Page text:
Antinuclear Antibodies (ANA), HEp-2 Substrate, Serum
Clinical Information Discusses physiology, pathophysiology, and general clinical aspects, as they relate to a laboratory test
Antinuclear antibodies are seen in a number of autoimmune disorders such as systemic lupus erythematosus; mixed connective tissue disease; rheumatoid arthritis; Sjogren syndrome; progressive systemic sclerosis; and calcinosis, Raynaud phenomenon, esophageal dysmotility, syndactyly, and telangiectasia (CREST) syndrome.
Diagnosis of autoimmune diseases
Anticentromere antibody (ACA) pattern:
-A positive test for ACA is strongly associated with calcinosis, Raynaud phenomenon, esophageal dysmotility, syndactyly, and telangiectasia (CREST) syndrome; in various reported clinical studies ACA occurs in 50% to 96% of patients with CREST syndrome.
-The presence of detectable levels of ACA may antedate the appearance of diagnostic clinical features of CREST syndrome, in some cases by several years.
The incidence of low-titer antinuclear antibodies (ANA) positives increases with age in normal individuals.
For positive ANA titers of > or =1:160, and for all ANA titers whenever there is a strong clinical suspicion of rheumatic disease, we recommend follow up using the assays ADNA/200043 DNA Double-Stranded (dsDNA) Antibodies, IgG, Serum and ENAE/200047 Antibody to Extractable Nuclear Antigen Evaluation, Serum.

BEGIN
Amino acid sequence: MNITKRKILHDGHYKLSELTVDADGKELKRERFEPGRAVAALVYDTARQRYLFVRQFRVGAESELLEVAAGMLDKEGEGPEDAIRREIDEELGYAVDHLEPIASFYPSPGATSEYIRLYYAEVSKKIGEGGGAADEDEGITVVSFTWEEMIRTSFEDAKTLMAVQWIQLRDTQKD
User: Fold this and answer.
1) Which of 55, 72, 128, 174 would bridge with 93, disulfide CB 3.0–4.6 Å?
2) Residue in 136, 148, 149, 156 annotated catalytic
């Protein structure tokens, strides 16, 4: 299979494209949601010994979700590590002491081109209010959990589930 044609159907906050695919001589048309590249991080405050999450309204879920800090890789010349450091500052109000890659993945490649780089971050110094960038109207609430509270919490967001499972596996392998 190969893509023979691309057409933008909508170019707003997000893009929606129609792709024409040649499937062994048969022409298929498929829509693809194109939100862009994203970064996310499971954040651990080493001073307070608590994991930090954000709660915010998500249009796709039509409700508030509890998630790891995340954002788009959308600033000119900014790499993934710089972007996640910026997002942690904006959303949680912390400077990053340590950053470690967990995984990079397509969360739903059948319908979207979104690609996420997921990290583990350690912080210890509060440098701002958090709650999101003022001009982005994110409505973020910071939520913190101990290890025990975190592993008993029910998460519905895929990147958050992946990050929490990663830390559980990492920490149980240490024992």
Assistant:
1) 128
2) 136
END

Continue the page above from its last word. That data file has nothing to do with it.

Cautions Discusses conditions that may cause diagnostic confusion, including improper specimen collection and handling, inappropriate test selection, and interfering substances
This test is a laboratory diagnostic aid and by itself is not diagnostic. Positive results of this test may occur in apparently healthy people. Therefore, the results of this test must be interpreted by a medical authority in the context of the patient's total clinical condition.
Sera from systemic lupus erythematosus patients undergoing steroid therapy may give negative test results.
No definitive association between the pattern of nuclear fluorescence and any specific disease state is intended with this test.
Many drugs (eg, hydralazine, procainamide) may induce antinuclear antibodies production.
Reference Values Describes reference intervals and additional information for interpretation of test results. May include intervals based on age and sex when appropriate. Intervals are Mayo-derived, unless otherwise designated. If an interpretive report is provided, the reference value field will state this.
Negative (titer of <1:40)
If positive, pattern will be reported and serum will be titered.
Clinical References Provides recommendations for further in-depth reading of a clinical nature
1. Bradwell AR, Stokes RP, Johnson GD: Atlas of HEp-2 patterns. San Diego, CA. The Binding Site, 1995, pp 9, 10, 19, 38-54
2. Fritzler MJ: Immunofluorescent antinuclear antibody test. In Manual of Clinical Laboratory Immunology. Fourth edition. Edited by NR Rose, EC De Macario. Washington, DC, ASM Press, 1992, pp 724-727
3. McCarty GA, Valencia DW, Fritzler MJ: Antinuclear antibodies. In Contemporary Techniques and Clinical Application to Connective Tissue Diseases. Oxford University Press, Inc, 1984, p 3
4. Stites DP, Terr AI: Basic and Clinical Immunology. Seventh edition. Edited by DP Stites, AI Terr. Norwalk, CT. Appleton & Lange, 1991, p 220